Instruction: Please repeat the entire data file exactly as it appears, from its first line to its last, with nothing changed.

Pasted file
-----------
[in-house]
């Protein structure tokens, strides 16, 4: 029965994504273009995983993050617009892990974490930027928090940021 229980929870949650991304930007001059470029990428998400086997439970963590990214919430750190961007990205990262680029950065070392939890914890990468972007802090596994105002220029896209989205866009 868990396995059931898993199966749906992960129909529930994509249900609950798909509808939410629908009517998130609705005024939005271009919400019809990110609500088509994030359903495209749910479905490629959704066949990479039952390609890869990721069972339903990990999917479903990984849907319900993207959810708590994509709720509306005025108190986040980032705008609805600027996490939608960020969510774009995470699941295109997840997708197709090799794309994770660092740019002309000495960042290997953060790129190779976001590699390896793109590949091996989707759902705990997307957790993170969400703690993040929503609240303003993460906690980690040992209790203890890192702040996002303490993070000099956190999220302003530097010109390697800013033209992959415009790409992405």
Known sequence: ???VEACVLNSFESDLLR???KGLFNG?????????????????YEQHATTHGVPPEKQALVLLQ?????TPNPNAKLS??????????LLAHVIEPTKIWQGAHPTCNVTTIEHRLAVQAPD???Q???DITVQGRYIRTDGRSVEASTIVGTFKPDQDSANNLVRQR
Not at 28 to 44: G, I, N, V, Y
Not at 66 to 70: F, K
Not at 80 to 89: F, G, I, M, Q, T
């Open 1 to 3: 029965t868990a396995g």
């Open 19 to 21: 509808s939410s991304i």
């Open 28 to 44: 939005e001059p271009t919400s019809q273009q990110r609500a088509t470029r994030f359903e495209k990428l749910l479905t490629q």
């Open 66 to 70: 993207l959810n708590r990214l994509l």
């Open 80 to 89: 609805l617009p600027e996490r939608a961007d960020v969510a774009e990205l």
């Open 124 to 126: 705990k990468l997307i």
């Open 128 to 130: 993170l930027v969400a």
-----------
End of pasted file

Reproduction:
[in-house]
């Protein structure tokens, strides 16, 4: 029965994504273009995983993050617009892990974490930027928090940021 229980929870949650991304930007001059470029990428998400086997439970963590990214919430750190961007990205990262680029950065070392939890914890990468972007802090596994105002220029896209989205866009 868990396995059931898993199966749906992960129909529930994509249900609950798909509808939410629908009517998130609705005024939005271009919400019809990110609500088509994030359903495209749910479905490629959704066949990479039952390609890869990721069972339903990990999917479903990984849907319900993207959810708590994509709720509306005025108190986040980032705008609805600027996490939608960020969510774009995470699941295109997840997708197709090799794309994770660092740019002309000495960042290997953060790129190779976001590699390896793109590949091996989707759902705990997307957790993170969400703690993040929503609240303003993460906690980690040992209790203890890192702040996002303490993070000099956190999220302003530097010109390697800013033209992959415009790409992405």
Known sequence: ???VEACVLNSFESDLLR???KGLFNG?????????????????YEQHATTHGVPPEKQALVLLQ?????TPNPNAKLS??????????LLAHVIEPTKIWQGAHPTCNVTTIEHRLAVQAPD???Q???DITVQGRYIRTDGRSVEASTIVGTFKPDQDSANNLVRQR
Not at 28 to 44: G, I, N, V, Y
Not at 66 to 70: F, K
Not at 80 to 89: F, G, I, M, Q, T
């Open 1 to 3: 029965t868990a396995g």
């Open 19 to 21: 509808s939410s991304i």
């Open 28 to 44: 939005e001059p271009t919400s019809q273009q990110r609500a088509t470029r994030f359903e495209k990428l749910l479905t490629q």
């Open 66 to 70: 993207l959810n708590r990214l994509l």
């Open 80 to 89: 609805l617009p600027e996490r939608a961007d960020v969510a774009e990205l």
């Open 124 to 126: 705990k990468l997307i």
């Open 128 to 130: 993170l930027v969400a």